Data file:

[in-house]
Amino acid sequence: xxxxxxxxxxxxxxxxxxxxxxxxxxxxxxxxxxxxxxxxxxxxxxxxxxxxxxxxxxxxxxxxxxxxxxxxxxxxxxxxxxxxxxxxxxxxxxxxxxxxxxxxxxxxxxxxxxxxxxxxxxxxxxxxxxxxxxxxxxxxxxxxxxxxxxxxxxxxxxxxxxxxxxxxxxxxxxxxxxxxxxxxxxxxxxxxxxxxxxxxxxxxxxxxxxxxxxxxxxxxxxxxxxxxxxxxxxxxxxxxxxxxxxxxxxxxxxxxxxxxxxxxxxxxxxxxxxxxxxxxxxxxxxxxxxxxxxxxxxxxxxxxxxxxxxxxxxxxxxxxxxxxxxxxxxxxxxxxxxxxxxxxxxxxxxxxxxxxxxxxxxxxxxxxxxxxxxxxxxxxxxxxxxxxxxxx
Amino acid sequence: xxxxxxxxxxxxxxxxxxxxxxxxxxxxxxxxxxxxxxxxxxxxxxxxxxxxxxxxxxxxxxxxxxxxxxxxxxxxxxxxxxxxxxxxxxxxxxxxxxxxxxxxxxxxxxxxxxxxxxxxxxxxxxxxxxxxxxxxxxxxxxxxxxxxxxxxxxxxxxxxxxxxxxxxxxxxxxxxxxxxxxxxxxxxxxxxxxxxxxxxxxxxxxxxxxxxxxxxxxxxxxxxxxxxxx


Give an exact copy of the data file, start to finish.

[in-house]
Amino acid sequence: xxxxxxxxxxxxxxxxxxxxxxxxxxxxxxxxxxxxxxxxxxxxxxxxxxxxxxxxxxxxxxxxxxxxxxxxxxxxxxxxxxxxxxxxxxxxxxxxxxxxxxxxxxxxxxxxxxxxxxxxxxxxxxxxxxxxxxxxxxxxxxxxxxxxxxxxxxxxxxxxxxxxxxxxxxxxxxxxxxxxxxxxxxxxxxxxxxxxxxxxxxxxxxxxxxxxxxxxxxxxxxxxxxxxxxxxxxxxxxxxxxxxxxxxxxxxxxxxxxxxxxxxxxxxxxxxxxxxxxxxxxxxxxxxxxxxxxxxxxxxxxxxxxxxxxxxxxxxxxxxxxxxxxxxxxxxxxxxxxxxxxxxxxxxxxxxxxxxxxxxxxxxxxxxxxxxxxxxxxxxxxxxxxxxxxxx
Amino acid sequence: xxxxxxxxxxxxxxxxxxxxxxxxxxxxxxxxxxxxxxxxxxxxxxxxxxxxxxxxxxxxxxxxxxxxxxxxxxxxxxxxxxxxxxxxxxxxxxxxxxxxxxxxxxxxxxxxxxxxxxxxxxxxxxxxxxxxxxxxxxxxxxxxxxxxxxxxxxxxxxxxxxxxxxxxxxxxxxxxxxxxxxxxxxxxxxxxxxxxxxxxxxxxxxxxxxxxxxxxxxxxxxxxxxxxxx